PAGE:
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Dance card: News and notes of a choreographic persuasion

By Barry Johnson

July 18, 2014

Portland embraced choreographer Trey McIntyre during his stint as resident choreographer here in 1999—some of the bright contemporary dances he made then are still in Oregon Ballet Theatre’s repertoire (Like a Samba, Speak)and are invariably greeted warmly, and more recent contributions, such as Robust American Love, have continued the relationship.

When McIntyre started his own company, the Trey McIntyre Project, one of his co-founders was OBT dancer Anne Mueller, who as managing director helped guide what was a summer pick-up project through its first few years. She didn’t make the jump with McIntyre to Boise in 2008, but she was there for one of the company’s last performances at the Jacob’s Pillow Dance Festival at the end of June.

“I thought this was a past chapter,” Mueller said last week, “but then I went and it was very emotional—in a fabulous way.”

Anne Mueller and John Michael Schert/ Photo by Jonas Lundqvist

Anne Mueller and John Michael Schert/ Photo by Jonas Lundqvist

I asked her about the New York Times story about McIntyre’s decision to close the company, and she confirmed its accuracy. McIntyre was tired of the pressure and amount of effort it takes to run and keep a touring dance company afloat. He’s rather introverted to begin with, which makes it even harder. He had lots of other creative ideas that he couldn’t pursue (film, photography, writing), and his original “team,” Mueller and John Michael Schert, had moved on.

“It’s worked really well, on a number of levels, and we’ve been able to innovate, but in the end, that level of output is just not sustainable,” McIntyre told the Times’ Marina Harss. That “level of output” was 20 dance works during the past six years, a phenomenal creative burst, especially for someone also responsible for running a dance company.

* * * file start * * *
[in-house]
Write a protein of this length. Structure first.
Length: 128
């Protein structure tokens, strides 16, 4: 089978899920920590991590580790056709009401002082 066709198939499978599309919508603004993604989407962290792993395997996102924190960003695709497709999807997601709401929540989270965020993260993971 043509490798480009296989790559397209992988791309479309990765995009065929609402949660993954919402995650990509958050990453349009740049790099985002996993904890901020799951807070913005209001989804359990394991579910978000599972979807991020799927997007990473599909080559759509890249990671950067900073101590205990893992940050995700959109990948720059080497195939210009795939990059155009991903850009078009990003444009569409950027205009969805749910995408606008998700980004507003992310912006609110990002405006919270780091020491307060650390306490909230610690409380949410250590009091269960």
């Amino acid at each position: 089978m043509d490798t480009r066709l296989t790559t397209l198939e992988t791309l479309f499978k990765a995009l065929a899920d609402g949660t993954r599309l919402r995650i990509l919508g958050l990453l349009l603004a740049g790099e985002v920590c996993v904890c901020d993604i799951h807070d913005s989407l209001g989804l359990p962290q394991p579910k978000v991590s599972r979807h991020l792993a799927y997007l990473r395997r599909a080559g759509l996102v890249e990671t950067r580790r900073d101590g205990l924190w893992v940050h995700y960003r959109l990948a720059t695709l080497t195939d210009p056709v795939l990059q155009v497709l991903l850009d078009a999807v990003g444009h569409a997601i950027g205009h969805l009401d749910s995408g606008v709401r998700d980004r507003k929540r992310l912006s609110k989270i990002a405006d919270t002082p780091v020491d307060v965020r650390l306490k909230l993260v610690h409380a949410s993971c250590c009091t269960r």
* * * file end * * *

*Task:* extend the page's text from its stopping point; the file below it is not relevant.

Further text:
Not that McIntyre is going to stop making dances: He will return to the freelance choreographer’s life, including an evening-length Peter Pan for Queensland Ballet in Australia, which very well might look wonderful in Portland.

Mueller has just about completed her first year as managing director of Bag & Baggage, the Hillsboro theater company known for the imaginative flights of founder Scott Palmer. She hasn’t stepped away from dance since leaving her post as interim artistic director at OBT, though. She’s continued to dance, teach, choreograph and set dances on various companies. She’ll head to Tulsa this fall to set Nicolo Fonte’s Bolero on Tulsa Ballet, for example. So yes, endings lead to new beginnings.


Last week I wrote about the first program of Conduit’s Dance+ festival, and I felt obliged to point out that the fourth floor studio can get a little on the warm side. Well, Conduit has brought in some air conditioners to help cool things off, and in any case this weekend is considerably cooler than last weekend.

Two more incentives: 1) Conduit will give you a free popsicle when you arrive (again, trying to keep things cool!); and 2) we’re hearing that Kyle Marshall’s solo, Soundboard, is amazing. You can get tickets online for the 8 pm shows, Friday and Saturday nights at Conduit, 918 SW Yamhill St.


Northwest Dance Project is featuring new work by the two winners of its sixth annual Pretty Creatives International Choreographic Competition, Lesley Telford and Eric Handman, on Saturday night at PSU’s Lincoln Hall. Both Telford and Handman have terrific dance resumes: Telford has danced and choreographed for Netherlands Dans Theater, for example, and Handman has worked with a host of big name New York choreographers and teaches now at University of the Utah. Doors open at 7, dance begins at 7:30 on Saturday at Lincoln Hall, 1620 SW Park.


Linda Austin’s Performance Works Northwest is hosting a summer party Saturday night at its studio, 4625 SE 67th Ave. Between 6:30 and 10 pm, Austin and such dancers as Luke Gutgsell, Noel Plemmons, Danielle Ross and Grace Hwang will improvise to music by Douglas Detrick and Ben Kates. Then there’s the video component, which will fill up the walls of the studio and an installation/performance by Jin Camou in a vintage Silver Streak trailer. Then things cool off (or heat up) with a dance party until midnight. It’s all free, including beverages and snacks! Such a deal.

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